Thanks to the Allen Ginsberg Project, I was just reminded that today is Kenneth Koch’s birthday — he was born on February 27, 1925, and would’ve been 89 today. (He passed away in 2002).
The Allen Ginsberg Project has posted a nice tribute that focuses on Koch’s long friendship and collaboration with Ginsberg. Some of the public manifestations of their relationship can be seen in the many links the blog has gathered, including interviews each did of the other for the New York Times, and the hilarious, spontaneous poetry duel/collaboration the two took part in at the Poetry Project in 1977. The post also includes many links to interviews and readings by Koch.
Thinking about Koch today reminded me of a copy of a photo I have had lying around for many years — I’m not sure who took it, but it was taken in the mid-to-late 1990s, outside a church on Broadway right near Columbia University and Koch’s apartment. I remember Kenneth got a kick out of the picture…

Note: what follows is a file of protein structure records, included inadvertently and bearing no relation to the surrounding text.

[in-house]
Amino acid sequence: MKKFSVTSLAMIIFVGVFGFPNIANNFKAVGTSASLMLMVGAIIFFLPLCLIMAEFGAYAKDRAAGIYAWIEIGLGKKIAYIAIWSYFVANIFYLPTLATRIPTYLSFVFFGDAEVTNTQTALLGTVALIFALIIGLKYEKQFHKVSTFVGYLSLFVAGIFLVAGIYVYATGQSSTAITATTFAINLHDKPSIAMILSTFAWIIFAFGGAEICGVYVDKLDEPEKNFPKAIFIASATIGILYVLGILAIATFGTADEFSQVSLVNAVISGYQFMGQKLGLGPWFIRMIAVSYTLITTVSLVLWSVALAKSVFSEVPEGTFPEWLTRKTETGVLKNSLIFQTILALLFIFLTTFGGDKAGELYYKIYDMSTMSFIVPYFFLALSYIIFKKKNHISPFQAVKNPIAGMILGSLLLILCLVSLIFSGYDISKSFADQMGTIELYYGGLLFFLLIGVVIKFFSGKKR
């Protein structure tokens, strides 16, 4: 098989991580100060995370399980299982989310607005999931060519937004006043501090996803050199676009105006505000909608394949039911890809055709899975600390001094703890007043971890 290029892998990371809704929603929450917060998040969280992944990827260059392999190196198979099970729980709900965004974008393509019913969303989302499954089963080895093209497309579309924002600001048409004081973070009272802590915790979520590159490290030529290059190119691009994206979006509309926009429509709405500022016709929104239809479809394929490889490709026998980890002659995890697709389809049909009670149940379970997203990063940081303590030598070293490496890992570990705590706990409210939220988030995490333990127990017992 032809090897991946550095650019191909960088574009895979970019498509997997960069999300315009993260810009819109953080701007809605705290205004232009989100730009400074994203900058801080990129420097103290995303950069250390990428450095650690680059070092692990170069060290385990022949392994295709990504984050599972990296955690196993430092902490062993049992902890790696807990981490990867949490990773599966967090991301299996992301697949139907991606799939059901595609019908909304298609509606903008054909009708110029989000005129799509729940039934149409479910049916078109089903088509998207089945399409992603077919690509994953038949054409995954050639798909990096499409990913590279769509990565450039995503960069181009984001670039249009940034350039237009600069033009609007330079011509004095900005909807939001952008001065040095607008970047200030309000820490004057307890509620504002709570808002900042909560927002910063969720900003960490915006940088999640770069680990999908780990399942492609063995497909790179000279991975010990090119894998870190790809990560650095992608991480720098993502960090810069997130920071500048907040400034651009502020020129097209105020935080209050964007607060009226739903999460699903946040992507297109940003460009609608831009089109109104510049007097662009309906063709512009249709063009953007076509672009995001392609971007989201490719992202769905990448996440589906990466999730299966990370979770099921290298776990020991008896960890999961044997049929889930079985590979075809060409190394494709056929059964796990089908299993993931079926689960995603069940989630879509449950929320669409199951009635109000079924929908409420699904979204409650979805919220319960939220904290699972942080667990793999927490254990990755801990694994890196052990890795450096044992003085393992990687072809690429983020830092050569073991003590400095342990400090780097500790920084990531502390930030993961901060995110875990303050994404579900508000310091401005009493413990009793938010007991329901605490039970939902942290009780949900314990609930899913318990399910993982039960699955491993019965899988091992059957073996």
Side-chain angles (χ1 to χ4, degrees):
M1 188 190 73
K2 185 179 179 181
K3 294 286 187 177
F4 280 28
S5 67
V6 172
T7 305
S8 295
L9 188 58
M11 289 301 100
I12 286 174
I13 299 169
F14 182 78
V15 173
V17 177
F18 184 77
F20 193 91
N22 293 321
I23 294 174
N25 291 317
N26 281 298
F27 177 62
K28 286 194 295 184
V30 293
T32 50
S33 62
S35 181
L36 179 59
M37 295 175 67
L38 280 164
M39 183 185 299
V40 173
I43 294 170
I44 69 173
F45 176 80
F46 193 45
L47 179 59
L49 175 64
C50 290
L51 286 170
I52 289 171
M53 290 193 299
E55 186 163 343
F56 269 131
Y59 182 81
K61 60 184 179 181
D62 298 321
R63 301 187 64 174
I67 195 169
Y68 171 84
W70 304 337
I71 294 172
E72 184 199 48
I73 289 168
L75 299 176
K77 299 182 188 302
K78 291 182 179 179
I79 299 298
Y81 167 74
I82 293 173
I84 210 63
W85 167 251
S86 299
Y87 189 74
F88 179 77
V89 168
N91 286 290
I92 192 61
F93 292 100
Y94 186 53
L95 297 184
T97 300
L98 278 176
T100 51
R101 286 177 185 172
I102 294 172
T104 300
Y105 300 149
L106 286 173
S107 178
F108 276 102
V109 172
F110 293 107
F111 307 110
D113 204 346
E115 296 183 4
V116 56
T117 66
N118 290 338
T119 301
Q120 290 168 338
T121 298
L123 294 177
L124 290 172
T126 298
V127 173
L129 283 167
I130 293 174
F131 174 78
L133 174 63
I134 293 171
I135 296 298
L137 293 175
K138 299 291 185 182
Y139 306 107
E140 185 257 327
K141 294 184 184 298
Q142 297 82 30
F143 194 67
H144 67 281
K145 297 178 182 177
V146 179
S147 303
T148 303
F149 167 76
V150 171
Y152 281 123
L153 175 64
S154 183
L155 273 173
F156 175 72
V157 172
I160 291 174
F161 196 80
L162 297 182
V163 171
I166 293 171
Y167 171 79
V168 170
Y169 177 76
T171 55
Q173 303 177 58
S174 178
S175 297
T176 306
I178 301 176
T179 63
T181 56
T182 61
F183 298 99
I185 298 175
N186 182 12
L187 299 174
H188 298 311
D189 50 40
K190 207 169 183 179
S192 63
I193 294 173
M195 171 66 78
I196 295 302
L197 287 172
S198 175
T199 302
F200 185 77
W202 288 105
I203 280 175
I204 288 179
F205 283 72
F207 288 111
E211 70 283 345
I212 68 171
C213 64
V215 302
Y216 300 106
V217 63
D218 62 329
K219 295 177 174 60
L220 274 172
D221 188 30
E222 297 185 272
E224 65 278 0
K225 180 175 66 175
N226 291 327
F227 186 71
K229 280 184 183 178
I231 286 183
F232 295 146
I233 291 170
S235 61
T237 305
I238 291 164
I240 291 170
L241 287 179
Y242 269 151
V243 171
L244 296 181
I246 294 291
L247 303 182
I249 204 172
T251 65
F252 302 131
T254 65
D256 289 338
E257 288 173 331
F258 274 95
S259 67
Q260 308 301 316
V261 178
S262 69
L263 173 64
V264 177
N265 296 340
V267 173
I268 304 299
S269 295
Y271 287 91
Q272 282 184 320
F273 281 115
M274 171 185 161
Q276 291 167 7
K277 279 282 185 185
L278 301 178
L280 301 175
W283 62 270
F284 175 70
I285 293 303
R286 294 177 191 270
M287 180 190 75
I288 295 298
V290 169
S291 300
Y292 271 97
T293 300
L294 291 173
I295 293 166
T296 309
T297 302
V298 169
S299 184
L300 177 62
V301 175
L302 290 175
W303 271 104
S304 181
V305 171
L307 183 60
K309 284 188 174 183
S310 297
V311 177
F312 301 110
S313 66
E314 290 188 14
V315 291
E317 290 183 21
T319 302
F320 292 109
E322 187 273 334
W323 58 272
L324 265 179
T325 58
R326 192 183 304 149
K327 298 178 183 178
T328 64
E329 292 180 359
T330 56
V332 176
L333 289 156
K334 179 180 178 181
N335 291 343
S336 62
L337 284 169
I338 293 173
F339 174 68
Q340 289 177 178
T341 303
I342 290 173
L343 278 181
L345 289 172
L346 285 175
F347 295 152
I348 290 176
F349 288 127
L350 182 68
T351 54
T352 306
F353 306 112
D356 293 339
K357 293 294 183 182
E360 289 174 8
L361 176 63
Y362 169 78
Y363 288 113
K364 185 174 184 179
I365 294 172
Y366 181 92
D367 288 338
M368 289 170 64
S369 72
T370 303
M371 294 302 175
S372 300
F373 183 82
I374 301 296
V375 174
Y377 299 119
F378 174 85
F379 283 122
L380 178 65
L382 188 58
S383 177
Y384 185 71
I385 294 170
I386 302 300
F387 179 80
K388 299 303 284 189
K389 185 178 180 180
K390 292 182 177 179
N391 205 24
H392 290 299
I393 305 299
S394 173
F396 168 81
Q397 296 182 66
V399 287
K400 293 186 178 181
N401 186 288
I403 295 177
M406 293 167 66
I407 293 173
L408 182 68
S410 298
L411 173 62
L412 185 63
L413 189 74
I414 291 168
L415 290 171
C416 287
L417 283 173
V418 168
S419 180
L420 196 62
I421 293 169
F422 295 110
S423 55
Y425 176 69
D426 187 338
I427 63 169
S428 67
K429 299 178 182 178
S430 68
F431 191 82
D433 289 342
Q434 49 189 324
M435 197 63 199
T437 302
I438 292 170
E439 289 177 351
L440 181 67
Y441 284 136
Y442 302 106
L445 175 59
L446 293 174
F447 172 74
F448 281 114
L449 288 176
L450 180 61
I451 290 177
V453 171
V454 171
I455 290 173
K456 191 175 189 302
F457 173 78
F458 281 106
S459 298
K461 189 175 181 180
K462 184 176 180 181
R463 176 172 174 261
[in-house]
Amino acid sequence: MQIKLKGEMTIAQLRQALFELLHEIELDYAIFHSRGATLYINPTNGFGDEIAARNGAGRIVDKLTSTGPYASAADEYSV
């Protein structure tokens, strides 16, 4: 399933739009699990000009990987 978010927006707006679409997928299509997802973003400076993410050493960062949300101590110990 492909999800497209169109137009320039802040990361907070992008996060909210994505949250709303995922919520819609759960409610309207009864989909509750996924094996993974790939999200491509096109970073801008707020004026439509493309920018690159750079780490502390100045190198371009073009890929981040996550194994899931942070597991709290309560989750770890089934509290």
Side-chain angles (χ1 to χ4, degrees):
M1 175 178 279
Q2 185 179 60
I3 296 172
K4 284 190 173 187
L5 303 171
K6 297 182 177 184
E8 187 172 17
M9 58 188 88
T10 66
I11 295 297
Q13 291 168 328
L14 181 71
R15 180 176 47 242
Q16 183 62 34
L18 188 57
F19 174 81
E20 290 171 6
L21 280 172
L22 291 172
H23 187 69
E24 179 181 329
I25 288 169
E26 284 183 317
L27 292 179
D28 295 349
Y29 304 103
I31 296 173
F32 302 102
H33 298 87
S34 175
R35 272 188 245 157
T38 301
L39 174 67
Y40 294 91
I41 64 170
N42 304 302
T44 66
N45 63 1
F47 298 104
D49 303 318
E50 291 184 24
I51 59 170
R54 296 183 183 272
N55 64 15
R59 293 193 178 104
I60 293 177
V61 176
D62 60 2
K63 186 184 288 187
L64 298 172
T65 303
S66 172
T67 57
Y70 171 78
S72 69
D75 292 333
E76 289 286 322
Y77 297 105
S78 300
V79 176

It seems to capture Koch’s irrepressible sense of humor, his love for wordplay and the funny, wonderful way language has of escaping our intentions.
You are sixty-six. Today is your birthday. You stand opening a cantaloupe.
You say, let’s
Try another! You are sitting in the car,
You are twenty-three, I am forty-four and singing a Spanish song.
If she is nine years old, then I am fifty.
The birthdays come and go talking of Prospero. Good-bye house!
Do you remember when we used to live in you
And be forty-eight years old? One age deserves another. One time deserves another time.
— from “Study of Time,” by Kenneth Koch (Straits, 1998)